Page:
configuration javabeans you don't even need to change the  
"annotations" to get the updated schema, just build.... at which point  
you can use your favorite xsd-aware editor to check on the validity of  
your xml configuration before you start up the server and discover you  
misspelled an attribute name.  What am I missing?

But, if you don't want to use it for your extensions, you can  
certainly mix normal spring and xbean-spring xml in the same xml  
configuration file.

david jencks

> Cheers
> On Mon, Nov 17, 2008 at 4:29 AM, Stefan Zoerner <>  
> wrote:
>> Hi Emmanuel,
>> Thanks for snapping in the discussion! I will add some of your  
>> valuable
>> information to the documentation.
>> Emmanuel Lecharny wrote:
>>> I will try to add some clarification about those partitions,  
>>> because it's
>>> not really something trivial.
>>> First, let's assume we are talking about 1.5 here.
>> Yes we do.
>>> A partition is nothing more than, to take an analogy, a mounting  
>>> point on
>>> a Unix filesystem. It has a root name (a DN in our case, and the  
>>> underlying
>>> storage can be whatever we want, byt from now on, a JDBM based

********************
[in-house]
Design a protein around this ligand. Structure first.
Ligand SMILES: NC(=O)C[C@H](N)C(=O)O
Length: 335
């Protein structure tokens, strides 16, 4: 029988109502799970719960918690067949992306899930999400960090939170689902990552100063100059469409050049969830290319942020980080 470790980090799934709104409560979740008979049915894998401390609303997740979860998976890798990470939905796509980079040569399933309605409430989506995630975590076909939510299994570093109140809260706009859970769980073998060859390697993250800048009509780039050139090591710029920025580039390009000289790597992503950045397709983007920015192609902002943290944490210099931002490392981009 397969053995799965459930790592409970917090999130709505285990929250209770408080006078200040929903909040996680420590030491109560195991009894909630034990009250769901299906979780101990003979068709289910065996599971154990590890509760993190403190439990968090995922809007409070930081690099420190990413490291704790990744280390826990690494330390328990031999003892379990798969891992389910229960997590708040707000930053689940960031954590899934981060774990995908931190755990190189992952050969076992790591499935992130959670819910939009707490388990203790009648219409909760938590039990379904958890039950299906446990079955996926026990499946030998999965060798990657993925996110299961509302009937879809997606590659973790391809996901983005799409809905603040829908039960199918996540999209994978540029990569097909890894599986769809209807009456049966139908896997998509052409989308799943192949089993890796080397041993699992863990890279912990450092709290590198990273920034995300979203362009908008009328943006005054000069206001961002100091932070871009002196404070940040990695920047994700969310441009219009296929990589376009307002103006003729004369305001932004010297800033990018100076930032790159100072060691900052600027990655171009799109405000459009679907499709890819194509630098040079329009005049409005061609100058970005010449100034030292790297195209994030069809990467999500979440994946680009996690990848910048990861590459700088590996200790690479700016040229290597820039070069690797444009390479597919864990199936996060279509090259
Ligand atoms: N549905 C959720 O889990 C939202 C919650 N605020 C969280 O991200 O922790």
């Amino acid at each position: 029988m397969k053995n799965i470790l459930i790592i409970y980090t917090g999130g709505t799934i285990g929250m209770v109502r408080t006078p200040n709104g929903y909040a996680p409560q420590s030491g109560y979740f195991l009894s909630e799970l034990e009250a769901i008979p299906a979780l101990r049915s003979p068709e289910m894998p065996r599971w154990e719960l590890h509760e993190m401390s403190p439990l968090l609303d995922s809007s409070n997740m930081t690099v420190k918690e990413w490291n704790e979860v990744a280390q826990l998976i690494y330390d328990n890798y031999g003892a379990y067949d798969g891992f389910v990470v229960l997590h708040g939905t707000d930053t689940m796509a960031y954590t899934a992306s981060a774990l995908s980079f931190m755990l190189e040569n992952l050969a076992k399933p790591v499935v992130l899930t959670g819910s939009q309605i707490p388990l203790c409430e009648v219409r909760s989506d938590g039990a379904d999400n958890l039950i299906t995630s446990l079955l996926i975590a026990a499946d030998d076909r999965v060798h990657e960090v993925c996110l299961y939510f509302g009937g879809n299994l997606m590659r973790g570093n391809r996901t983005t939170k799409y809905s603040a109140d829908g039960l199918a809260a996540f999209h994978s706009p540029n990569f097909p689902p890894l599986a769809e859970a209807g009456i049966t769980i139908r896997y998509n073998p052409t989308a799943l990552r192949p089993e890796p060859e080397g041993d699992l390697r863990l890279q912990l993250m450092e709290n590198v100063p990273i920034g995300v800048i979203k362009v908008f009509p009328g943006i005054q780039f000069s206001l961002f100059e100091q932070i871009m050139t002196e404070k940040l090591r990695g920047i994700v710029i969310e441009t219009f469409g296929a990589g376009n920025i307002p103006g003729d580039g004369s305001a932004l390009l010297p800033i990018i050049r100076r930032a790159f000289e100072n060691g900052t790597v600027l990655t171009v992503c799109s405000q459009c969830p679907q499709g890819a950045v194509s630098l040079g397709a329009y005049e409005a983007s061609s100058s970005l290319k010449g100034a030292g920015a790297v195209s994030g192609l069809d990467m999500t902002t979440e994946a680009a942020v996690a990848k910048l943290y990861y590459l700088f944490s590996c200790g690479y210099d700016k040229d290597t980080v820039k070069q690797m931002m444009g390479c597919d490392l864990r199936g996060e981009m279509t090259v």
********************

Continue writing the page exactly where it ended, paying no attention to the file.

>>> storage (we
>>> can perfectly set a partition to use BDB JE, as Kiran implemented  
>>> it, or
>>> Oracle, or MySql, as some of our users did).
>>> The main difference is that a partition _must_ be associated with an
>>> entry. It's npt different from what you have on OpenLdap anyway.
>>> So let's sum up. You need :
>>> - a name ("dc=example,dc=com", for instance)
>>> - an alias in the configuration file ("example", here)
>>> - an underlying storage ( <jdbmPartition id="example"...)
>>> - and an entry which has to be injected in the server :
>>> dn: dc=example,dc=com
>>> ObjectClass: top
>>> ObjectClass: domain
>>> dc: example
>>> and that's pretty much it.
>> As far as I understand it, the alias in the configuration file is not
>> necessaryeven a configuration file is not necessary (if you run  
>> ApacheDS in
>> embedded mode).
>> The entry representing the name/suffix has not to be injected into  
>> the
>> server, if the underlying partition implementation already has this  
>> entry.
>> Emmanuel, would you please take a look at my minimal partition
>> implementation,
>> which simply carries one entry
>> dn: ou=helloWorld
>> objectClass: top
>> objectClass: organizationalUnit
>> description: hello, world
>> description: a minimal partition
>> ou: helloWorld
>> It has not been injected, because it is the only one it has, and it  
>> is
>> created during the init-method.
>> Any feedback would be helpful. Is this a valid partition (and yes,  
>> I have
>> created something completely useless from a storage point of view  
>> -- it is
>> just a starting point for all the guys trying to write their own  
>> partition).
>> I already have some questions. But I plan to stabilize my minimal  
>> example
>> first in order to have something for the docs. In have a second  
>> example,
>> which publishes the and their values as a tree in  
>> order to
>> show more methods from the partition interface.
>> Greetings from Hamburg,
>>   Stefan